Signs of growth
South Africa’s average household wealth grew vigorously prior to the global financial crisis, tripling from USD 8,400 in the year 2000 to USD 25,800 in 2007. Growth was similar in constant exchange rate terms. Since 2007, progress has been slower.
In constant exchange rate terms, wealth declined a little in 2008, but growth soon recovered and gathered pace in 2013-14. Depreciation of the rand greatly amplified the wealth drop in 2008. This was reversed the following year, but more recent declines in the exchange rate mean that wealth per adult in USD terms has still not regained its 2007 level.
Household wealth is largely comprised of financial assets, which contribute 73% to the household portfolio. This reflects a vigorous stock market and strong life insurance and pension industries. Due in part to relatively low real estate prices, average real assets of USD 7,300 are not worth a lot more than the average debt (USD 5,000). South Africa is also unusual among emerging market countries in having an official household sector balance sheet, which provides a more reliable basis for the wealth composition numbers.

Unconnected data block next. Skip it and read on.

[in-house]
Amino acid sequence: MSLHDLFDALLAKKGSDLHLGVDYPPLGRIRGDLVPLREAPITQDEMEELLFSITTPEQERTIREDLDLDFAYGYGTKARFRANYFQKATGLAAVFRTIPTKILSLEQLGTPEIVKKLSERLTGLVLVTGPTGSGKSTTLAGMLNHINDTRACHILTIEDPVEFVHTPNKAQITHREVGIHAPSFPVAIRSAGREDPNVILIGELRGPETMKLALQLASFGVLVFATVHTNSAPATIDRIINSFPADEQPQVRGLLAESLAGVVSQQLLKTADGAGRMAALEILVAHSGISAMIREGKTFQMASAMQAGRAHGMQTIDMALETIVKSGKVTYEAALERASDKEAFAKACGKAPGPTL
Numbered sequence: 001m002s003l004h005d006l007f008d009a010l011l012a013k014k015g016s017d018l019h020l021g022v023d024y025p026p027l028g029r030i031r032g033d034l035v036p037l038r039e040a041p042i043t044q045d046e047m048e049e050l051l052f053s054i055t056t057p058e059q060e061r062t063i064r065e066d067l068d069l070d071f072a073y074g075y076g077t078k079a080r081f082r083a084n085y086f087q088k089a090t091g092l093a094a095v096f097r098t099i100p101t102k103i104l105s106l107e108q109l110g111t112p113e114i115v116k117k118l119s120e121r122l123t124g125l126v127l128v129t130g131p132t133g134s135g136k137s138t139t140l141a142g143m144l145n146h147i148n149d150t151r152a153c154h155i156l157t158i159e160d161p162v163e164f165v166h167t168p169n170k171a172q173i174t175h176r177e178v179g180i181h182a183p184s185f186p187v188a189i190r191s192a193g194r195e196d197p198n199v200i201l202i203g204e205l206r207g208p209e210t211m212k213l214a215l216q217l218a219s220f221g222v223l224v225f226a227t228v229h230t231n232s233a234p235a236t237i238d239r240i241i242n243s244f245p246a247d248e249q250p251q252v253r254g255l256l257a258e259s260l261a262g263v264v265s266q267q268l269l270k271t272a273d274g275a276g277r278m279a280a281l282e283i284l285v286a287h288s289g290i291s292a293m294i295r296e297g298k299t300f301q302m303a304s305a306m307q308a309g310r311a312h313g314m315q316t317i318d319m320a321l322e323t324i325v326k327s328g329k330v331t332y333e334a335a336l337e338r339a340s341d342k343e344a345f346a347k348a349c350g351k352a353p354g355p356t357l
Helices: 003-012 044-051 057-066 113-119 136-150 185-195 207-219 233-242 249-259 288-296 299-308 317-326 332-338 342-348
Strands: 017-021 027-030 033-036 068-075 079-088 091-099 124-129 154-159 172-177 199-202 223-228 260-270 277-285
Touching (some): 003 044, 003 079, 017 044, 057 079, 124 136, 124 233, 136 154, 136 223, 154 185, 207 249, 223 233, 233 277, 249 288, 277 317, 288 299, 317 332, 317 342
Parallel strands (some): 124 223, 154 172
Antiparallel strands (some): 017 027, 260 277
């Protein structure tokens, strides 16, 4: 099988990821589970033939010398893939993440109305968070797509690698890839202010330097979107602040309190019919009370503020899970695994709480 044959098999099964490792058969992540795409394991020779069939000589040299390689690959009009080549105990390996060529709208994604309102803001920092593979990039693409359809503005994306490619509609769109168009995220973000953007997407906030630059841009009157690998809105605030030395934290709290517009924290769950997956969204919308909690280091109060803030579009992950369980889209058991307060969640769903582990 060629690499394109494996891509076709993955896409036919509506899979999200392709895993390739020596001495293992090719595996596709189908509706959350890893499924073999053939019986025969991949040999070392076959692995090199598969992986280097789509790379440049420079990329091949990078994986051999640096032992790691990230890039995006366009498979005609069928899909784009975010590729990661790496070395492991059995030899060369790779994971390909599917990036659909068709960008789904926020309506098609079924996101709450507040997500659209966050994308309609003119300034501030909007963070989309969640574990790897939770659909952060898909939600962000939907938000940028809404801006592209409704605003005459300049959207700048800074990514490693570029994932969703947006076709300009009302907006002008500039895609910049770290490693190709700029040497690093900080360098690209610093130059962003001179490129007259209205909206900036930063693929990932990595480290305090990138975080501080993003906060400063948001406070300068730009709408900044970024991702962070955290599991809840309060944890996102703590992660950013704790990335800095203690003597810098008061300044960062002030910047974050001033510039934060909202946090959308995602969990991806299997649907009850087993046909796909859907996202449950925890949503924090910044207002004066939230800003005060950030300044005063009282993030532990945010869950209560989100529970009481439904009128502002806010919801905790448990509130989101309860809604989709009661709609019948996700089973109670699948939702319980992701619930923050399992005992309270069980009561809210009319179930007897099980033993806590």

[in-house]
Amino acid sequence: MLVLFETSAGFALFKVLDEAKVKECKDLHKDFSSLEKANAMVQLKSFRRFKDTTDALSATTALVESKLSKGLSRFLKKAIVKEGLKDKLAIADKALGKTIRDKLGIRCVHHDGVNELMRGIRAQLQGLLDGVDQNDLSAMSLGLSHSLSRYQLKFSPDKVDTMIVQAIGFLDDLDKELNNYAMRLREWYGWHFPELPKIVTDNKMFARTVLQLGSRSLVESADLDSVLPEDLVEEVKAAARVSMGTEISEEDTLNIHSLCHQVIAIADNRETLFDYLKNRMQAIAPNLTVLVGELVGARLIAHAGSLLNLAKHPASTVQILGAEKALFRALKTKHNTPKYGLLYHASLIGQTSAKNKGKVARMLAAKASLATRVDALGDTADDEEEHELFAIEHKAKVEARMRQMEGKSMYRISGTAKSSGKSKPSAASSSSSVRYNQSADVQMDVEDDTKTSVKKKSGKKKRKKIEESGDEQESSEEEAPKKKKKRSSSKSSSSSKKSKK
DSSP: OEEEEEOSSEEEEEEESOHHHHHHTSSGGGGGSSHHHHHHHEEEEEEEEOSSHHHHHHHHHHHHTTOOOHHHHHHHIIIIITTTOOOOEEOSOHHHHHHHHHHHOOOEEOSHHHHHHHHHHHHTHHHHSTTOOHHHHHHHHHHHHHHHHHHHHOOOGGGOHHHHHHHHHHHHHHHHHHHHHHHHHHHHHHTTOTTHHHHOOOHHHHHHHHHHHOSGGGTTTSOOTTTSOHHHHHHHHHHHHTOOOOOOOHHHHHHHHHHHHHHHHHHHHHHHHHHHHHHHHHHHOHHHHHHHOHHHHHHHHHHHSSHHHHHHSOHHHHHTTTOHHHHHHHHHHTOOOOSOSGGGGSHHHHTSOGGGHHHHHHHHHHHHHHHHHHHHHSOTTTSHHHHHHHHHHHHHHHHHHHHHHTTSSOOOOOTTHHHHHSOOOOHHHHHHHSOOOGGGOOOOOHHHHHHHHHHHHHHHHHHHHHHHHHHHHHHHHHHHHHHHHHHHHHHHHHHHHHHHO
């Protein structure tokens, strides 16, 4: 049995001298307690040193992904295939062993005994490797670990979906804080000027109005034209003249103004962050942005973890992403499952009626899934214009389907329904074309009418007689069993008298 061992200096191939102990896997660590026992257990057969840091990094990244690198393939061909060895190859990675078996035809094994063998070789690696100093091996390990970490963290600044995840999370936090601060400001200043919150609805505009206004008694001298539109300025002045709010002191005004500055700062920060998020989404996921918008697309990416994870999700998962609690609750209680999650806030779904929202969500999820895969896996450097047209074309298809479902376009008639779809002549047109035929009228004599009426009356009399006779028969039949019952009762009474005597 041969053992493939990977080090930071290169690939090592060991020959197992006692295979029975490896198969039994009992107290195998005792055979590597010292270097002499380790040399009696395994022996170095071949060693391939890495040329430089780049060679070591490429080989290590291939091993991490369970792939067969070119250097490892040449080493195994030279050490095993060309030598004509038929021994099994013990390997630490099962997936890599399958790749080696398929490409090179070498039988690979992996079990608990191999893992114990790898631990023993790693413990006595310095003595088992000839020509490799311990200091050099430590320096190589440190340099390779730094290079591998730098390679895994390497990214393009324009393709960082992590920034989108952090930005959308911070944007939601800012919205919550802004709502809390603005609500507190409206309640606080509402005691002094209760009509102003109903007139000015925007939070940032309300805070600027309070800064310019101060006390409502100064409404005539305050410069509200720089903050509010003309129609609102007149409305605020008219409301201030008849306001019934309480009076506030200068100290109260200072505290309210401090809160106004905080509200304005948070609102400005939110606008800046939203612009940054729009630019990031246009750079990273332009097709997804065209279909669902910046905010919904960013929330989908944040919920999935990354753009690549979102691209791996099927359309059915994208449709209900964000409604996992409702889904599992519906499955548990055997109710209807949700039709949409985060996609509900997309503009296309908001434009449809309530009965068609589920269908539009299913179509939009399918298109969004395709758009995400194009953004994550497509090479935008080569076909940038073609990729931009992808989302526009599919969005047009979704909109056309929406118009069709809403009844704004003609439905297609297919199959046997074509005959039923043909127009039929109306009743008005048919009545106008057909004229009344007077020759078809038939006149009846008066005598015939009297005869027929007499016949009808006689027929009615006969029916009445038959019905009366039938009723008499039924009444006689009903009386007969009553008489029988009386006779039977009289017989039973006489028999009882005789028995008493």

Like Brazil and Indonesia, South Africa has a distribution of wealth that is roughly similar to the distribution for the world as a whole, although fewer individuals have wealth above USD 100,000. Still, we estimate that 63,000 South Africans are members of the top 1% of global wealth holders and that 47,000 are USD millionaires. These numbers are up a little from last year, despite a 5% fall in the rand, reflecting strong overall growth in wealth.